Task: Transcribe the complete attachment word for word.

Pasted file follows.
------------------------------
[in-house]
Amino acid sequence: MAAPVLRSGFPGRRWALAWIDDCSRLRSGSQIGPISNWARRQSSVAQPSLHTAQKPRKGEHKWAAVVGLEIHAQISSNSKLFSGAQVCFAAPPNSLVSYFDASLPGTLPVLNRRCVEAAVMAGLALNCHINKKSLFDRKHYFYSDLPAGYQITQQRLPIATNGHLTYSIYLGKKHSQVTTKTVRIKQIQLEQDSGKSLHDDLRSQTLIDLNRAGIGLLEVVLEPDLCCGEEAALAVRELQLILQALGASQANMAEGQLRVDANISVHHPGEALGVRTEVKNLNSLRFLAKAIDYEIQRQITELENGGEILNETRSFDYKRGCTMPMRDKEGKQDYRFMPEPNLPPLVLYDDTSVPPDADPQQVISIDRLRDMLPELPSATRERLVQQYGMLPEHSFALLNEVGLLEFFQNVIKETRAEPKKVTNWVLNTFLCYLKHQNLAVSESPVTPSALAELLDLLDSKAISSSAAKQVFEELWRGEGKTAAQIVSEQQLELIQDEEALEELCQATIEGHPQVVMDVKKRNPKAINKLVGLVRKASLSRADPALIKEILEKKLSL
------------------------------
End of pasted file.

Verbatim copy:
[in-house]
Amino acid sequence: MAAPVLRSGFPGRRWALAWIDDCSRLRSGSQIGPISNWARRQSSVAQPSLHTAQKPRKGEHKWAAVVGLEIHAQISSNSKLFSGAQVCFAAPPNSLVSYFDASLPGTLPVLNRRCVEAAVMAGLALNCHINKKSLFDRKHYFYSDLPAGYQITQQRLPIATNGHLTYSIYLGKKHSQVTTKTVRIKQIQLEQDSGKSLHDDLRSQTLIDLNRAGIGLLEVVLEPDLCCGEEAALAVRELQLILQALGASQANMAEGQLRVDANISVHHPGEALGVRTEVKNLNSLRFLAKAIDYEIQRQITELENGGEILNETRSFDYKRGCTMPMRDKEGKQDYRFMPEPNLPPLVLYDDTSVPPDADPQQVISIDRLRDMLPELPSATRERLVQQYGMLPEHSFALLNEVGLLEFFQNVIKETRAEPKKVTNWVLNTFLCYLKHQNLAVSESPVTPSALAELLDLLDSKAISSSAAKQVFEELWRGEGKTAAQIVSEQQLELIQDEEALEELCQATIEGHPQVVMDVKKRNPKAINKLVGLVRKASLSRADPALIKEILEKKLSL